The test outcome will list the quantity and kind of spores discovered in each sample. The information will be presented and organized differently across different labs. Our laboratory divides the various spore kinds into three groups:
Water Indicators: (Red row)
These spores develop on moist or saturated surfaces within the home and may be an indication of a more serious/active/persistent indoor air quality problem with a higher potential for mycotoxin and allergy production.
Predominantly outdoor: (no color)
In general, these spores develop primarily outdoors and are poor predictors of the general air quality within the home.
Indoor/Outdoor: (Yellow row)
These spores, particularly aspergillums/penicillium, are excellent indications of indoor air quality problems since they frequently develop in damp settings in the home. Penicillium and Aspergillus are capable of producing mycotoxin and allergens.
An indoor mold is a form of fungus that is occasionally called mildew. Mold needs moisture to grow. It is recognized that some molds contain mycotoxin and allergenic potential. Mold is highly prevalent inside. Although most molds are benign, some varieties can be extremely harmful to human health, especially when present in huge amounts.
Evaluation of Mold spores Test
Spore Counts in the Raw
The best way to evaluate test findings is to consult a professional. Air quality issues may be indicated when the raw counts of specific spores are significantly out of range from the outdoor sample. Sometimes there are too many spores to count individually, thus only a percentage of them are counted in the lab. For instance, if only 10% of the raw count, which is 60, was evaluated, that may mean there were 10 times as many spores as 600. (Not 60). View the video for additional details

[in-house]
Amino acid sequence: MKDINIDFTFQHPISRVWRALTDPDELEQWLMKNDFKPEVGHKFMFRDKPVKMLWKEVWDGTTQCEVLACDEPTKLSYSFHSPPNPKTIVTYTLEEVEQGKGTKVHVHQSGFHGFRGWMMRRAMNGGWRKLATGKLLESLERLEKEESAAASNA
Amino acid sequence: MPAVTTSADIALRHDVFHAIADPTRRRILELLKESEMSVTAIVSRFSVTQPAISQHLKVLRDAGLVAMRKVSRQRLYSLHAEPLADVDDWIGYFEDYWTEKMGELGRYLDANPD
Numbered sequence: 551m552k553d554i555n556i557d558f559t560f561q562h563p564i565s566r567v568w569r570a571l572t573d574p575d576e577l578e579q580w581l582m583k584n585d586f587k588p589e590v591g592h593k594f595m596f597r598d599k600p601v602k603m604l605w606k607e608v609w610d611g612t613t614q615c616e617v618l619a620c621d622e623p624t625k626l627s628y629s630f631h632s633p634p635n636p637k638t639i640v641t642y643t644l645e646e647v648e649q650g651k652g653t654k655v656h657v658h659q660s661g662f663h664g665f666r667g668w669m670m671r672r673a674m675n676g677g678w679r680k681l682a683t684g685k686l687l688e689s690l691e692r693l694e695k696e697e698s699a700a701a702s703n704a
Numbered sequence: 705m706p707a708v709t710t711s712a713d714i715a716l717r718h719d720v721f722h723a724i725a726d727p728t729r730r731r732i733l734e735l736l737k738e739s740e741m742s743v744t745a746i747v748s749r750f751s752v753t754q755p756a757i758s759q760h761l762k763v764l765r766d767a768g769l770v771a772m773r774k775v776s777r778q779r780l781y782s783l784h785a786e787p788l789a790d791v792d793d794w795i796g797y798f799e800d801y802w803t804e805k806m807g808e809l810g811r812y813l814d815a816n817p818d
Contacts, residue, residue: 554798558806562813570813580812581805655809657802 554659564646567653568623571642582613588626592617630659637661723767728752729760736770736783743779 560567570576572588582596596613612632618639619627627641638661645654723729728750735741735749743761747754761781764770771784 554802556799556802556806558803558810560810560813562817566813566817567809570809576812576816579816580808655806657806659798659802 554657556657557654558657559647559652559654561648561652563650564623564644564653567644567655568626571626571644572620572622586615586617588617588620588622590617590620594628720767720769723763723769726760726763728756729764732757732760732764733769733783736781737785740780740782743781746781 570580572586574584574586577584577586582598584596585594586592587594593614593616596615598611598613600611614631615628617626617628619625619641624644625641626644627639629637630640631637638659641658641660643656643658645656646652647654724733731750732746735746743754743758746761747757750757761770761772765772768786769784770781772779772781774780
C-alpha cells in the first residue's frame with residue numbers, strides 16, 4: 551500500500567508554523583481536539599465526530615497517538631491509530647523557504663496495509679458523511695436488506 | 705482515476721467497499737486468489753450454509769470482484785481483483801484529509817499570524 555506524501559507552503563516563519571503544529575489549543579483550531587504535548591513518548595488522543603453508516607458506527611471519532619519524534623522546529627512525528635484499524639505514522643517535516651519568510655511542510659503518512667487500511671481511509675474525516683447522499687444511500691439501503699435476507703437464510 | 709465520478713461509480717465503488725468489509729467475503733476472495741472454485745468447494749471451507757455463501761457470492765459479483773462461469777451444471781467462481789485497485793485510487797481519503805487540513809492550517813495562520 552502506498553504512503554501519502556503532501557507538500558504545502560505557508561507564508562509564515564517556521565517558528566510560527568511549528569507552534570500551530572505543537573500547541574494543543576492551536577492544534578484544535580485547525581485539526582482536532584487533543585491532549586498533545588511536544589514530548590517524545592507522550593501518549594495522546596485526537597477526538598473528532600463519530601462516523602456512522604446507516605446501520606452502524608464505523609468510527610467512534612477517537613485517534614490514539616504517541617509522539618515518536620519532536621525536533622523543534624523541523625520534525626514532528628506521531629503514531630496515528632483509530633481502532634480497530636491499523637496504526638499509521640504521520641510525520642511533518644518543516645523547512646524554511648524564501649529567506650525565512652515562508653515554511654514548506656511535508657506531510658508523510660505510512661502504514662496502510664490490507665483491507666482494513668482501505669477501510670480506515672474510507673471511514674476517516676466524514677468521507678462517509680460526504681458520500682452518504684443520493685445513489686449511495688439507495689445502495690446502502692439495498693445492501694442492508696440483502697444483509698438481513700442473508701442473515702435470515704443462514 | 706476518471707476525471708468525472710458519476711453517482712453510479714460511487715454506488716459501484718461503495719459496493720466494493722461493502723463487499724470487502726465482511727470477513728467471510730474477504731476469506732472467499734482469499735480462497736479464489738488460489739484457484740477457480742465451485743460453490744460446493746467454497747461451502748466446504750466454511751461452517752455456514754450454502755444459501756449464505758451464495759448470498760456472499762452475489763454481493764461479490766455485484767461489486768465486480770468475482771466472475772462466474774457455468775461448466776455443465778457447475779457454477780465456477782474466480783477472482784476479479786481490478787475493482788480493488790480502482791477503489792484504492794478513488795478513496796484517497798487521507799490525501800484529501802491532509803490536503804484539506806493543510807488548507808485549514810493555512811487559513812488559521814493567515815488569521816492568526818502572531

Spores per Cubic Meter Calculated
The report then estimates the calculated number of spores per cubic meter, or how many spores we can anticipate finding floating around in a cubic meter of air, using the raw counts. The test findings are best read by an expert; these visualizations can be informative but potentially deceiving. Remember that the maximum amounts can change depending on the sample; check the video for further details. These graphs are not to scale.
Recognize that fungal spores can be found both inside and outside of the home, so if you see some red on the report marked "ELEVATED," don't panic. That does not imply that there is always a problem. Simply put, it indicates that the fungal spore count in question was at least ten times greater than in the outdoor sample. Regardless of that figure, it might not be a problem. The kind and overall quantity of spores will determine this.
Three air samples are taken to examine the air's quality; one sample is taken outside the house, and the other two are taken within. When the test results are available, we contrast the two indoor samples with the outdoor sample (which is called "background" on the report). We will know there is a problem in the house if any of the inside samples contain noticeably more mold spores than the exterior sample.